Coulomb force


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Coulomb force

n.
The force exerted by stationary objects bearing electric charge on other stationary objects bearing electric charge, being repulsive if the objects have charges of the same sign, and attractive if the objects have charges of opposite signs. The strength of the force is described by Coulomb's law. Also called electrostatic force.

[After Charles Augustin de Coulomb.]
References in periodicals archive ?
In order for this radiative force to cause the deuterons to fuse, it must be larger than the repulsive Coulomb force at the seperation where the attractive strong force can take over and fuse the two deuterons, a distance of [d.sub.s] = 1.6 x [10.sup.-15] m.
(When two charges are very close, this coulomb force can be very strong.)
The solar sail is a recent invention in the domain of propellantless propulsion of the spacecraft [1], based on electrostatic Coulomb force. The force results from the momentum exchange between the flow of ions or electrons and the positively charged or negatively charged conductive body, respectively.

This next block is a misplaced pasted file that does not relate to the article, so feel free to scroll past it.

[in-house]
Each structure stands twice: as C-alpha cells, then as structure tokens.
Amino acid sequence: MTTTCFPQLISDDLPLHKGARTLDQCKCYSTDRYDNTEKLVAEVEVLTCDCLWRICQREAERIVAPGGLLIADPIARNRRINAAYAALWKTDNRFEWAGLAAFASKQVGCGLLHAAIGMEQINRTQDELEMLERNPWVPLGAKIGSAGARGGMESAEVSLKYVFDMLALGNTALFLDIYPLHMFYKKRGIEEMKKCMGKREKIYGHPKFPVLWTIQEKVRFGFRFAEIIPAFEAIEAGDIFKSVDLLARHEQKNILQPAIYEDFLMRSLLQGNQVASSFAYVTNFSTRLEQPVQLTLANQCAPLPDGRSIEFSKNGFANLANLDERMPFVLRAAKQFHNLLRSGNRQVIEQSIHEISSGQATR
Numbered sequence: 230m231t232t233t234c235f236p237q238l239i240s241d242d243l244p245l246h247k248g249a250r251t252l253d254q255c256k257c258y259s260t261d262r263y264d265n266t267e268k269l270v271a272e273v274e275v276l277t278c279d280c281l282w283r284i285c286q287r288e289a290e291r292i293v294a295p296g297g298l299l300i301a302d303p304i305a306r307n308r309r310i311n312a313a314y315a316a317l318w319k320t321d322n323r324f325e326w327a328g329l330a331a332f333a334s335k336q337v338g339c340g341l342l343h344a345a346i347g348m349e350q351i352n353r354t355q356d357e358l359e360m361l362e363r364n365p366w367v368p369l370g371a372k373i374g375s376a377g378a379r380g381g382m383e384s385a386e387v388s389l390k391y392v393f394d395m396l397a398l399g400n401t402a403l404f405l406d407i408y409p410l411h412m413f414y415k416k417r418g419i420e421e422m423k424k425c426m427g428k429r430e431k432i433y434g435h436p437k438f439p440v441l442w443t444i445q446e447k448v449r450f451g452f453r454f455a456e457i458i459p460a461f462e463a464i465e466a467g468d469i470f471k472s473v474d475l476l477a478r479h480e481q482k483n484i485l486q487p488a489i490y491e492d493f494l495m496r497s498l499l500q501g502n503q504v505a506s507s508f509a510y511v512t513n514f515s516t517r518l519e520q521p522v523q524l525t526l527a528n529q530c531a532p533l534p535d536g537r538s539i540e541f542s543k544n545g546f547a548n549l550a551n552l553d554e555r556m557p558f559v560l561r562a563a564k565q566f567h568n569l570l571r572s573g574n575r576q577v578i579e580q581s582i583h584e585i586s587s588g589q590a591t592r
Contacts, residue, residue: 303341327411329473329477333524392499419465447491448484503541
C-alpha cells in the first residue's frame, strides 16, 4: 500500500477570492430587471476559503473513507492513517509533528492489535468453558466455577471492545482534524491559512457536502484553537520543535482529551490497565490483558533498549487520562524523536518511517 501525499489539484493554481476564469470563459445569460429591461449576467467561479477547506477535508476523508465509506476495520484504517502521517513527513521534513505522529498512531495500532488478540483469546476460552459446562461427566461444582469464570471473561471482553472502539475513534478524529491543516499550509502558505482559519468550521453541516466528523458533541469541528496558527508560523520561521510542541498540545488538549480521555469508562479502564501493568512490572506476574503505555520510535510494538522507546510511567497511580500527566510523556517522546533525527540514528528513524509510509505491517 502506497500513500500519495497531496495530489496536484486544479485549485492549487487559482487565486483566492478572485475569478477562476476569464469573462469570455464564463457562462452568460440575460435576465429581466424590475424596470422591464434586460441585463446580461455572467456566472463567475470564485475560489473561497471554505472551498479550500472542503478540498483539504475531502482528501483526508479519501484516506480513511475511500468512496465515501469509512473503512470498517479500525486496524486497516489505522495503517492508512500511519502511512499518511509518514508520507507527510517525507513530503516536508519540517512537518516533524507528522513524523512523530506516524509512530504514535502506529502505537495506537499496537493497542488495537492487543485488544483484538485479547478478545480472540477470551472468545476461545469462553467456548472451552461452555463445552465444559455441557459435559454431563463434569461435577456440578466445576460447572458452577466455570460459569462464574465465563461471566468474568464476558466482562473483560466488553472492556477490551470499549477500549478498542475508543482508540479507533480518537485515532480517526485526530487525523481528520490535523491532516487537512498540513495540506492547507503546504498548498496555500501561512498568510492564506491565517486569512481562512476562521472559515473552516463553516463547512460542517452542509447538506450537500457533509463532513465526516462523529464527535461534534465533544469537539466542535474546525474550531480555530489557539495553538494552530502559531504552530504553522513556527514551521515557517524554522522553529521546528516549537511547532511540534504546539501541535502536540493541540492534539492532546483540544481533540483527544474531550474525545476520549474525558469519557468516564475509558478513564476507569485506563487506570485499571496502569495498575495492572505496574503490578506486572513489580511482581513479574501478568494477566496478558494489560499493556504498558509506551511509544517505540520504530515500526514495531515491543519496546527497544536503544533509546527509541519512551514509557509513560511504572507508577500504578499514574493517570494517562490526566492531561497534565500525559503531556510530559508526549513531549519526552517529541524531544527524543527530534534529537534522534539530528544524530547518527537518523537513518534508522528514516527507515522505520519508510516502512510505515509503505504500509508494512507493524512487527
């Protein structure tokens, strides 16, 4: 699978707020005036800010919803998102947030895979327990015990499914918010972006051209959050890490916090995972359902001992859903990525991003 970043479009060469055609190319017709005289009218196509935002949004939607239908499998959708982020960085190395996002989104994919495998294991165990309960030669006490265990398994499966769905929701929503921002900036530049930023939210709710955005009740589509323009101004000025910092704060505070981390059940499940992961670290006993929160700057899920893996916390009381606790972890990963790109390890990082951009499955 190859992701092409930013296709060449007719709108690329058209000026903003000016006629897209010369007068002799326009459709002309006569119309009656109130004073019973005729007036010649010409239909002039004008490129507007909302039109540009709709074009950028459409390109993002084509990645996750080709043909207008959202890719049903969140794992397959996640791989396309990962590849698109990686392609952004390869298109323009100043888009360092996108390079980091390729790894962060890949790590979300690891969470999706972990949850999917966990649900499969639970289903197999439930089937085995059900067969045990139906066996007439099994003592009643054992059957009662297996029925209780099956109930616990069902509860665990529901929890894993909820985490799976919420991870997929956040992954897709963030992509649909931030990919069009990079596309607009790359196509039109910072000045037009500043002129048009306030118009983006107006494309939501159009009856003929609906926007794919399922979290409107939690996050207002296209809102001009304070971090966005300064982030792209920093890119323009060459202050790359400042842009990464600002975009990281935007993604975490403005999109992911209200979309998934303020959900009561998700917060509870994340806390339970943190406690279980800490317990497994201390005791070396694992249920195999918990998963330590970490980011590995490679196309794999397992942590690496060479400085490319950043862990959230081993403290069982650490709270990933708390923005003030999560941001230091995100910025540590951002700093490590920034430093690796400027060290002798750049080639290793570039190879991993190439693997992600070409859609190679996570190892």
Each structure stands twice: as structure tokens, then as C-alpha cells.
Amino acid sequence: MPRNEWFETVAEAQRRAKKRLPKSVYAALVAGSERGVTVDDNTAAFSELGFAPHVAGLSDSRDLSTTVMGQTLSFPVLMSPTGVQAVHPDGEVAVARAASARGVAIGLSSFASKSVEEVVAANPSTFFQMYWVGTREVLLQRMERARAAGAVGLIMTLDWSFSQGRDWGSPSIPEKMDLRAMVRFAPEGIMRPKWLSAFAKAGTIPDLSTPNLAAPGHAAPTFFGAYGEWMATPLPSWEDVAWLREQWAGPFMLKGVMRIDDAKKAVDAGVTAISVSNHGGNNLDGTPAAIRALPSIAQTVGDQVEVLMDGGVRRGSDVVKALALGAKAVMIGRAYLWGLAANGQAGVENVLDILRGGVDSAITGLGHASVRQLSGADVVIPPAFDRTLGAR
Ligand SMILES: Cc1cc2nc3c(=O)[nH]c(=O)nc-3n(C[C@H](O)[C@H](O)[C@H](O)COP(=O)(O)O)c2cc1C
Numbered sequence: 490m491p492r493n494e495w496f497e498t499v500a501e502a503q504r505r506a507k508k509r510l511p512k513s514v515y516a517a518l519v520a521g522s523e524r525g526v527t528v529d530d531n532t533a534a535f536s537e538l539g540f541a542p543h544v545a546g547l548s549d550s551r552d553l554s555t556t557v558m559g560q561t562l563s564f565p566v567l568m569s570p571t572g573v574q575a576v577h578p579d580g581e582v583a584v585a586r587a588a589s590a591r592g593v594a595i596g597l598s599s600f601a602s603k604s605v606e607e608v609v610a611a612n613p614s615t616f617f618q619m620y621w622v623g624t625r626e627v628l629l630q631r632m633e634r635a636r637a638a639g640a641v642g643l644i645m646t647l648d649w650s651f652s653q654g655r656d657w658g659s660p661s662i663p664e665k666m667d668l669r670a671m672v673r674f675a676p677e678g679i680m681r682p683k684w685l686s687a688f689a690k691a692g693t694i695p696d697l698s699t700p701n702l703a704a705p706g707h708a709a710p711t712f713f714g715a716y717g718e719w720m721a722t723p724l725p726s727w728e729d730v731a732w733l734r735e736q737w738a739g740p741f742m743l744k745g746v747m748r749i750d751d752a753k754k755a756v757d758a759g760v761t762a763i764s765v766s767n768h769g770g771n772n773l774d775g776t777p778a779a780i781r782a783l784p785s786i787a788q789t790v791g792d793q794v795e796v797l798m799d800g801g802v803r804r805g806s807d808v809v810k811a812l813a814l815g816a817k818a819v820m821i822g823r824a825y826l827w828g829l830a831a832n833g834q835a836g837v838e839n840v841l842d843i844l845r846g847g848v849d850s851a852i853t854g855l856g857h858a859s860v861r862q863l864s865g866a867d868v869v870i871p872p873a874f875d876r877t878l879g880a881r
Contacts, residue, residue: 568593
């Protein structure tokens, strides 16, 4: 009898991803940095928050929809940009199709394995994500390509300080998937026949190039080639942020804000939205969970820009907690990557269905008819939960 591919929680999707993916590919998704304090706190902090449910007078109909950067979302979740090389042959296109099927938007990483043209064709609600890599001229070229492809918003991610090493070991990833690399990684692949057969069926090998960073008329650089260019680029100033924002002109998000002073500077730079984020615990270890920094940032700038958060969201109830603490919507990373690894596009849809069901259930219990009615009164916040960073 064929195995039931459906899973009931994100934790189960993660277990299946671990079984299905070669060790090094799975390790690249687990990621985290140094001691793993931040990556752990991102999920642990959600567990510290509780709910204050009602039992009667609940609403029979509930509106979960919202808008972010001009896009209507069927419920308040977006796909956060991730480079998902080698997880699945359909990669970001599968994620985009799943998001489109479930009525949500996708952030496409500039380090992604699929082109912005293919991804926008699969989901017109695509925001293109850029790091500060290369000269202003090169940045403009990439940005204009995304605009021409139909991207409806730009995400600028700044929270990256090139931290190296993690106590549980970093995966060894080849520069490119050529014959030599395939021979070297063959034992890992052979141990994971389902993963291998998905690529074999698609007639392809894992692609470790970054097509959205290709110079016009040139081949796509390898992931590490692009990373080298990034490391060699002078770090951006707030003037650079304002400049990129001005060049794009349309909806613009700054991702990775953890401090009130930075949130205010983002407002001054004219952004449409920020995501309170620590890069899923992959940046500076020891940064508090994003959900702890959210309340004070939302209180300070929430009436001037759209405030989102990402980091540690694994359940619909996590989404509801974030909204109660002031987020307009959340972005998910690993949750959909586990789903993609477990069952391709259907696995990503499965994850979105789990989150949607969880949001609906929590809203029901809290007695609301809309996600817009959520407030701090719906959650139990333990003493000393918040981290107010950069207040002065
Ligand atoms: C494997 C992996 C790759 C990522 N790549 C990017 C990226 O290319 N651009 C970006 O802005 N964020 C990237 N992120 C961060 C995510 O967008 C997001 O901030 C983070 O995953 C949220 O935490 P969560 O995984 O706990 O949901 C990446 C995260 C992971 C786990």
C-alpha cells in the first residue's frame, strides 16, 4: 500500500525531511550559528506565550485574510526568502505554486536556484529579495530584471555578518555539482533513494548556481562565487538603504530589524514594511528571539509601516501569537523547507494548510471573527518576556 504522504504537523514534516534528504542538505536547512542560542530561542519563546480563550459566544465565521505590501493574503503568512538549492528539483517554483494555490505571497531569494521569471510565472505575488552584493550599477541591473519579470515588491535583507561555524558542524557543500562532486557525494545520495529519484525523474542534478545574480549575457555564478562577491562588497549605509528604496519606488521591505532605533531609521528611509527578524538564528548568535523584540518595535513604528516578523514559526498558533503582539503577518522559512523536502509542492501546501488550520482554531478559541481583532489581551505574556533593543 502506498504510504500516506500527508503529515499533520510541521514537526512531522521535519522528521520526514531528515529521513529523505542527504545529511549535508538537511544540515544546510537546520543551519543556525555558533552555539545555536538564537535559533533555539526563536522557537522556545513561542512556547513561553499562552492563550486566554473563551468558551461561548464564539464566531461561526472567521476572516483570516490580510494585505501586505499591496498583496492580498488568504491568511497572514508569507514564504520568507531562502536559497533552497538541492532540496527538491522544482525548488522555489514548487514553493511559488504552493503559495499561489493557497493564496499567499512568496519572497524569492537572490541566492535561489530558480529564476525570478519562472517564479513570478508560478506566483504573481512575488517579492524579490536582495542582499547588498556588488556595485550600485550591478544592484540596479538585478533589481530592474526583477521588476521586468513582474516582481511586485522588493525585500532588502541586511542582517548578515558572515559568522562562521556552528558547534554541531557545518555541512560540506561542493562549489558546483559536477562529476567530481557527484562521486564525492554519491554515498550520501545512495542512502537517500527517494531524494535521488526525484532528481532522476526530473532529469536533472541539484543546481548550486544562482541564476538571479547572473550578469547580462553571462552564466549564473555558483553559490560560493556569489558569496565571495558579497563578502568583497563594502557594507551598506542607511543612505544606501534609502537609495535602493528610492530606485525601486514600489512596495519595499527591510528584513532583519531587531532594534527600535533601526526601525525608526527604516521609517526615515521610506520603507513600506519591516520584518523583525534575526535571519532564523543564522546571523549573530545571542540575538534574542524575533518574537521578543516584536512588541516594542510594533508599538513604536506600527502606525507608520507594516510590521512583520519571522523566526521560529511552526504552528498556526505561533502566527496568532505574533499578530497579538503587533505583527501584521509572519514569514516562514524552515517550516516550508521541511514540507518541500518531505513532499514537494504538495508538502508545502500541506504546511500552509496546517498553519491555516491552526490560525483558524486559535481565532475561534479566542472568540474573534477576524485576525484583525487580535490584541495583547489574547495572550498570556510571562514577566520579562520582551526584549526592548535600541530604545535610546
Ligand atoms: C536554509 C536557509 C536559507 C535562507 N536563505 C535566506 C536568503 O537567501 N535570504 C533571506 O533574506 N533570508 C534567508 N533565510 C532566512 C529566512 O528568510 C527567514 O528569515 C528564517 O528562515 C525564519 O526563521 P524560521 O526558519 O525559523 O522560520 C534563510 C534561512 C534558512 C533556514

Stability of NPs depends on the intermolecular forces among them, such as van der Waals force and Coulomb force. Intermolecular forces of NPs are influenced by the size of NPs and their distance, so which can affect the aggregation behavior of NPs in water.
Around 1930, a theory called field theory, was developed that the electromagnetic force arises due to the exchange of photons between the electric charges (Coulomb force).
But as more and more protons get packed into a nucleus, the strong force begins to be overwhelmed by the Coulomb force, which causes particles of the same charge to repel each other.
The first analytical analysis of forced vibrations with friction sliding was performed by den Hartog (1931), who approximated the non-linear friction Coulomb force as an equivalent viscous damping.
The chaos-regularity border is qualitatively defined by comparing and equating the strengths of the Coulomb force with the magnetic force acting on the moving point charge e with mass [m.sub.e].
Simulation time has been dramatically reduced by an embedded "MD Engine(R)," a dedicated computation board for high-speed computation of nonbonded interactions such as coulomb force and intermolecular force that account for more than 99% in many cases of molecular dynamics simulation.
As it passes through a plasma, the high energy beam will redistribute the electrons so that the net Coulomb force is decreased but the magnetic force is not affected.
As a counter example to the gravitational force, consider the free space Coulomb force ([e.sup.2]/[r.sup.2]) between two charges e separated by the distance r.
Components of the Coulomb force per unit volume are determined as the product of space charge density and the field strength: